In 3rd place, we see Elizabeth Warren. Her recent surge has been driven in part by extended media coverage over some new far-left detailed policy proposals she has been hounding, mainly free college, and the elimination of public student debt for up to $50,000. People are split on whether these are good ideas, and exactly how to pay for them (Warren, to her credit, has unveiled specific tax increases to offset almost all spending she has proposed). Probably the furthest left of any candidate, arguably even Bernie, she has a strong chance to keep and gain support among democratic activists as other candidates drop out of the race. However, the large segment of democratic voters worried about "electability" are very concerned about Warren's chances to enter the White House in 2021, with a lot of sources indicating that they would see her entire campaign begin to implode as soon as DJT says "Pocahontas" on the debate stage.
Finally, we are going to just realy quickly mention the next three candidates in the race, according to their relative polling numbers. Buttigieg, Harris, and Beto have all officially announced they are running for president. Relatively young candidates relative to the top 3 in the polling, these fresh faces are looking to take the democratic primary by storm.
Beto, at this point, seems like the least likely candidate to stick around according to sentiment here in the Billy Rating offices. Wildly popular, and a mainstream media sensation, during his run against Texas Sen. Ted Cruz, Beto came closer than any democrat at winning state office in Texas for a decade. He did this running on a platform of 1) Impeaching Trump, 2) Humane Borders, and 3) Taking away guns. The fact that these proposals got 48% of votes in Texas set off alarm bells among establishment candidates that were worried for him to enter the race. However, an ill-advised dentist trip and literally months of just sitting on his ass while everyone else campaigned caused him to lose the flaky millenial-based support his campaign relied now. Now he's just another white dude driving a suburban around iowa. Because of this his BR is much lower than his current polling numbers.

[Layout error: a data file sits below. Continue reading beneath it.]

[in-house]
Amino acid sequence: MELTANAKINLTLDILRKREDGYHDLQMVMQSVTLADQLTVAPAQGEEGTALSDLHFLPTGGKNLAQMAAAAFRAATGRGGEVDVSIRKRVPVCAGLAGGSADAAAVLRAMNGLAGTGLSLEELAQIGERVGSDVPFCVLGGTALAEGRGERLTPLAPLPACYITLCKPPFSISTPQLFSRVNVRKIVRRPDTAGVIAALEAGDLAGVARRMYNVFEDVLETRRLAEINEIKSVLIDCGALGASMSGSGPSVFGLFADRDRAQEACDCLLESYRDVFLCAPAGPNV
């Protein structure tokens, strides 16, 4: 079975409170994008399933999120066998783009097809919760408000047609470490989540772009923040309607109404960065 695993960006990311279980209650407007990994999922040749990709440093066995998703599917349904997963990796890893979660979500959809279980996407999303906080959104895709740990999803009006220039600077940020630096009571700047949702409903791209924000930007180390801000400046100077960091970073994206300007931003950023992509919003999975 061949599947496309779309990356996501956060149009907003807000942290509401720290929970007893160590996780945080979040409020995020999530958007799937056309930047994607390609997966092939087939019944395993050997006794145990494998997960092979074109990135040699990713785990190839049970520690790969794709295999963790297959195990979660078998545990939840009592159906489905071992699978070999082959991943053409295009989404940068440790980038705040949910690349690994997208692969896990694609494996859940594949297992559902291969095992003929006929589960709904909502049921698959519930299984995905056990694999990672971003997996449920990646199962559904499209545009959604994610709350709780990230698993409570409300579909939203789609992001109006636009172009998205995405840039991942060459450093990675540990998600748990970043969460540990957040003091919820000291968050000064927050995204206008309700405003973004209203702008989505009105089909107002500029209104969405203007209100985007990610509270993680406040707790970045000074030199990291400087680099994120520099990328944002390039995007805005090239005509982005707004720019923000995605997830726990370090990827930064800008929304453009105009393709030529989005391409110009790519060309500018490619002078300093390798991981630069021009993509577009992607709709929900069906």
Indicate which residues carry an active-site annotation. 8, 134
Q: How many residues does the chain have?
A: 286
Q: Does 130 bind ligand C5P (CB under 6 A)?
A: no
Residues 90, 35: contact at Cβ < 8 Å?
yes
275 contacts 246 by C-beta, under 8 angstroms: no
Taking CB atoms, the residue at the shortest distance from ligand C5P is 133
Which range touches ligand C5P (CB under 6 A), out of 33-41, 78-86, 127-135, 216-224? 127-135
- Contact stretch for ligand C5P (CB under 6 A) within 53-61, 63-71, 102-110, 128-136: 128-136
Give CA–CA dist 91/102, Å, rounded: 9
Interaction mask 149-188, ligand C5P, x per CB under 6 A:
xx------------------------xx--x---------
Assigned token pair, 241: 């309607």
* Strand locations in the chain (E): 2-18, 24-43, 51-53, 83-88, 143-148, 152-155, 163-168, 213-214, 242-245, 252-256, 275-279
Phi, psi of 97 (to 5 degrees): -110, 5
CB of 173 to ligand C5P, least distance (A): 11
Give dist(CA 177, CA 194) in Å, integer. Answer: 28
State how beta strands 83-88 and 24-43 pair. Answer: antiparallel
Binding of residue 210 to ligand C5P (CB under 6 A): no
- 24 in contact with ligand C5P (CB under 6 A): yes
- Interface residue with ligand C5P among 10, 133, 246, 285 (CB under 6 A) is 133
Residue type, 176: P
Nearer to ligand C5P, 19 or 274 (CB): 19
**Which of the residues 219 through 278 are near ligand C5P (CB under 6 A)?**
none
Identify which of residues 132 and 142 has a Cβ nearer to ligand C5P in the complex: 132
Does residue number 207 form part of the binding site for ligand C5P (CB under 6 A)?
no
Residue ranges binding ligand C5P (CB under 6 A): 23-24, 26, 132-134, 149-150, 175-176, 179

Harris looks like the establisment, (both RNC and DNCs) favorite to emerge from the lower tier of candidates into actually winning the nomination. She doesn't have any really large flaws, except for having worked as an overzealous attorney general in california which at times seemed more interest in just throwing random people in jail, instead of actually forging a system that works for everyone. A member of law enforcement when the democratic base hates them, she has an uphill battle to fight, but could be one of the most formidable opponents of Trump in the election. She's Hindu however, so probably DOA. However, her Billy Rating is the highest among any of these contenders, due to her being the likely short straw in a contested convention if Biden falters early.
Buttigieg is the surprising new upstart in the last few months. Much like Beto's rise over last year, it has been driven by a large amount of MSM cuddling, and a lot of very authentic-seeming interviews. Being a mayor of a small town in Indiana, "Mayor Pete" as he is affectionately called, hasn't had to burden himself by taking risky stances over his years in federal government. Nor does he have a voting record to heavily scrutinize. Worries abound though, over his ability to court independents and minority voters, being a 37 year old white gay mayor. His fundraising hauls have been impressive though, so look for a campaign that has been mostly about getting recognized start to flesh itself out with strategies to court these type of voters. Right now we're giving him a slightly lower chance than Harris to capture the nomination, but he could easily fall back down to Beto numbers, or find himself being the clear 3rd wheel to Biden and Sanders between now and the first June debate.